Justice For Trayvon Martin: Hundreds March Boston After Verdict

Protesters met in Roxbury on Sunday night before rallying in the streets in opposition of the trial’s outcome.

Photo by Steve Annear

Photo by Steve Annear

For Anwar Luckman, the death of 17-year-old Trayvon Martin was the “straw that broke the camel’s back.”

Luckman spoke to hundreds of protesters that gathered in Dudley Square on Sunday night for the “Justice for Trayvon Martin: Day of Decision Protest,” a rally organized on Facebook, and spurred by a Florida jury’s acquittal of George Zimmerman, the man who shot and killed Martin in 2012.

“Shit is hitting the fan in this country,” said Luckman, who brought his bike with him to the protest as a symbol of racial profiling. Weeks prior to the jury’s decision, the 22-year-old Milton resident was arrested by police following an alleged scuffle, which started when officers tailed him based on his skin color as he rode his bike through affluent parts of Brookline late at night, he said.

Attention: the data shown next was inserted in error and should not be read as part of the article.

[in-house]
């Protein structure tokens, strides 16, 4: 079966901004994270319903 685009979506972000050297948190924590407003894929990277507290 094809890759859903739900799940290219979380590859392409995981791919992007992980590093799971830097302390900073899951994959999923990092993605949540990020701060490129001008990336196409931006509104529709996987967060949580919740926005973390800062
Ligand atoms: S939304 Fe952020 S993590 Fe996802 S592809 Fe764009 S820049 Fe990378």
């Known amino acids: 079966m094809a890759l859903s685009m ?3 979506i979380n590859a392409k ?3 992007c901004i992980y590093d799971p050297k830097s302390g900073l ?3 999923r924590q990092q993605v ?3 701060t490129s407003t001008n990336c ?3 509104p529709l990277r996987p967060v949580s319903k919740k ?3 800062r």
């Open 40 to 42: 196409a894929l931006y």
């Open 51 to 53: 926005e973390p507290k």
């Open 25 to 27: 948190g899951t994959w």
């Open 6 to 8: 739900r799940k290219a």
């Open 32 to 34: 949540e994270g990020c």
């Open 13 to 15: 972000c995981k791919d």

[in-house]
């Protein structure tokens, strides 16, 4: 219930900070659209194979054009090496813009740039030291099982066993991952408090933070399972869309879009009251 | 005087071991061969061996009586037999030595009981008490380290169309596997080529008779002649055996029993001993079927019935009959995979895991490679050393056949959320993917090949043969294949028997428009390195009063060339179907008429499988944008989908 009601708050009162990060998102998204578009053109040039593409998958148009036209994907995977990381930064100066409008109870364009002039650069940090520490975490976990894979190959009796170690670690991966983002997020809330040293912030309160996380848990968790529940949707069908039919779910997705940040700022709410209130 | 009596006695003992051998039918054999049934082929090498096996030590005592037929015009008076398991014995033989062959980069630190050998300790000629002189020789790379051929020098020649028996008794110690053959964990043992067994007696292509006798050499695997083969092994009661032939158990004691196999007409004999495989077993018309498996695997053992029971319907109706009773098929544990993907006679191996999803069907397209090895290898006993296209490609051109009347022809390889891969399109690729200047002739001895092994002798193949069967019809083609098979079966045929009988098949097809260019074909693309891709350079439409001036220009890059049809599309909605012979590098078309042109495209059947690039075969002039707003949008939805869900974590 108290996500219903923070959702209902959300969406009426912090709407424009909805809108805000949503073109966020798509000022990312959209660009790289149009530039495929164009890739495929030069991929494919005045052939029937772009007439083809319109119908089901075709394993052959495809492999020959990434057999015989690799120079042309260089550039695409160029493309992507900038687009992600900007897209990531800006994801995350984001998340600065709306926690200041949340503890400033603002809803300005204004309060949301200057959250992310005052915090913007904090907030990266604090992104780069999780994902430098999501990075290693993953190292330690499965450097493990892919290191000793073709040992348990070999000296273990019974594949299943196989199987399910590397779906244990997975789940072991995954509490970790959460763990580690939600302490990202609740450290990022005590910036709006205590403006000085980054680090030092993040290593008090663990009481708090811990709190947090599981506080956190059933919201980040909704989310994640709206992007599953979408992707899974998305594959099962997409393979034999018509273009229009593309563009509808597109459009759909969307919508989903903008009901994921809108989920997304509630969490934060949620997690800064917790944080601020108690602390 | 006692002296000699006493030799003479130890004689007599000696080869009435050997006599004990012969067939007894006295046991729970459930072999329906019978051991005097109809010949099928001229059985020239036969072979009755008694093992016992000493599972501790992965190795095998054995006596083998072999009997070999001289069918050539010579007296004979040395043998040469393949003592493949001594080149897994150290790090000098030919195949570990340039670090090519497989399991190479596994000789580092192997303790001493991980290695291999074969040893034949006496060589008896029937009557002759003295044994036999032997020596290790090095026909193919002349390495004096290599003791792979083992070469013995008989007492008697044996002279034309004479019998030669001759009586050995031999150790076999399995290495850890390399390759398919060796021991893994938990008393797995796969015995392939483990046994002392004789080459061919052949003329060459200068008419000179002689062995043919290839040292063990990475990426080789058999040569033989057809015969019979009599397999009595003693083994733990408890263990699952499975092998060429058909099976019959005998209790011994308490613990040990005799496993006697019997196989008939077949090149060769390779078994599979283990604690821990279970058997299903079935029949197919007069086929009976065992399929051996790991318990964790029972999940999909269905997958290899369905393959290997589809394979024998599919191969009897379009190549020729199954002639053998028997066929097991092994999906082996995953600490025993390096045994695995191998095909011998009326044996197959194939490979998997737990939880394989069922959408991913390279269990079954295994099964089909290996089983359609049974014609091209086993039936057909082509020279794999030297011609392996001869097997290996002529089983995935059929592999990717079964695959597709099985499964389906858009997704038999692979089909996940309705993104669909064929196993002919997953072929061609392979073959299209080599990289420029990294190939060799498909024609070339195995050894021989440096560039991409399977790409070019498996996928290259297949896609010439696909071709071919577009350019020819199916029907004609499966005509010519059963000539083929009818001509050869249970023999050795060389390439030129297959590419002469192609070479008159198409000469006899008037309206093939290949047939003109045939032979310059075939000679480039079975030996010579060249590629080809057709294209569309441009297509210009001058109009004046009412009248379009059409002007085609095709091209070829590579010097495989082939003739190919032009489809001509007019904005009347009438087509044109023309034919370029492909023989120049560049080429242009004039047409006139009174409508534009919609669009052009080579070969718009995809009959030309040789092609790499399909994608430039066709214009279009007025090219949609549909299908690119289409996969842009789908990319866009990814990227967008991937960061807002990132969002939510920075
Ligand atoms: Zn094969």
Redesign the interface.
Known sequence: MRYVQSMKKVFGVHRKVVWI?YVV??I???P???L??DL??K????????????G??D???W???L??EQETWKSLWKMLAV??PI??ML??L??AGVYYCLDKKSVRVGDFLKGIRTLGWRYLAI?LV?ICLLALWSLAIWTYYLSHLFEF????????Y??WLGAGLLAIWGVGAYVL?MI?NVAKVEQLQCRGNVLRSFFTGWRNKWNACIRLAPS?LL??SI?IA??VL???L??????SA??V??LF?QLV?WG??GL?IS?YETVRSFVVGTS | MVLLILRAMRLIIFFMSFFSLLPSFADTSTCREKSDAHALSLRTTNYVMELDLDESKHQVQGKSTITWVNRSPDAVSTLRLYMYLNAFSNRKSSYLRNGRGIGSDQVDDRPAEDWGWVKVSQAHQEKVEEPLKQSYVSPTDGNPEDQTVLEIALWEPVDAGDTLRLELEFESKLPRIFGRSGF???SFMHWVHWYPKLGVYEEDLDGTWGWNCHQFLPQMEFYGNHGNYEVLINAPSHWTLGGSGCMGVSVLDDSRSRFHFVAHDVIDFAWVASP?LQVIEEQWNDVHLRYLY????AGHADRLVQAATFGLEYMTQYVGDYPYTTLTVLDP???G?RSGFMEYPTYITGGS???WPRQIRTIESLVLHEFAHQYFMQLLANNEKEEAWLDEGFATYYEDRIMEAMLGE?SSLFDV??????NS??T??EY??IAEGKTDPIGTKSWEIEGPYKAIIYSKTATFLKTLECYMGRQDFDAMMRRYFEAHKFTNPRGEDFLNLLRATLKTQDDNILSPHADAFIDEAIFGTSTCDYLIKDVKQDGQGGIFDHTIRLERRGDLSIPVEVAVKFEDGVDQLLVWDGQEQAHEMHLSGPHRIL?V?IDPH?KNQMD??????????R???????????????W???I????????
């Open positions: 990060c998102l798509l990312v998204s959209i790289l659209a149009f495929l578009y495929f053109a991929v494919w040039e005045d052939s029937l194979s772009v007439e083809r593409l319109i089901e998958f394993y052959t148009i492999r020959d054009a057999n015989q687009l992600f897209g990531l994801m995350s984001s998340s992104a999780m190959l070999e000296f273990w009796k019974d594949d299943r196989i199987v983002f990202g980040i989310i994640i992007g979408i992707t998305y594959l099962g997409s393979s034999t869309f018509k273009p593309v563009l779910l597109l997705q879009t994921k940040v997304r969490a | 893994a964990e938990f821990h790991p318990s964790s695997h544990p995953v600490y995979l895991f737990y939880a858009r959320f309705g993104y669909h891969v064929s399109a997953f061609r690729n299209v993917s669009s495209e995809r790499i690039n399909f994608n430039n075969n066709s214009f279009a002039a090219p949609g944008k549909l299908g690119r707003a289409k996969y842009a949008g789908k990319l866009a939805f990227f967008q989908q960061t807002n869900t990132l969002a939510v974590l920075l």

Luckman was one of dozens of speakers at Sunday’s rally, which featured appearances by City Councilors Tito Jackson and Charles Yancey.

Yancey, a mayoral candidate, called for a moment of silence in the crowd during his speech, before drawing an uproarious response from attendees, chanting, “We are Trayvon Martin,” in a show of solidarity for the teen.

Speakers touched on a range of topics besides the Zimmerman trial such as racial inequality, social injustices, and the recent spate of shootings and gun-related violence in Boston.

There was a light police presence during the speaker portion of the protest in Roxbury as hundreds of demonstrators stood shoulder-to-shoulder, trying to ignore the sweltering summer heat, fanning themselves with fliers passed out to the crowd, and listening intently to people from the community. Some attendees donned hooded sweatshirts reminiscent of the one worn by Martin the night he was killed while others clutched bottles of iced tea and Skittles, the items that Martin had purchased at a convenient store moments before he was killed by Zimmerman during the altercation.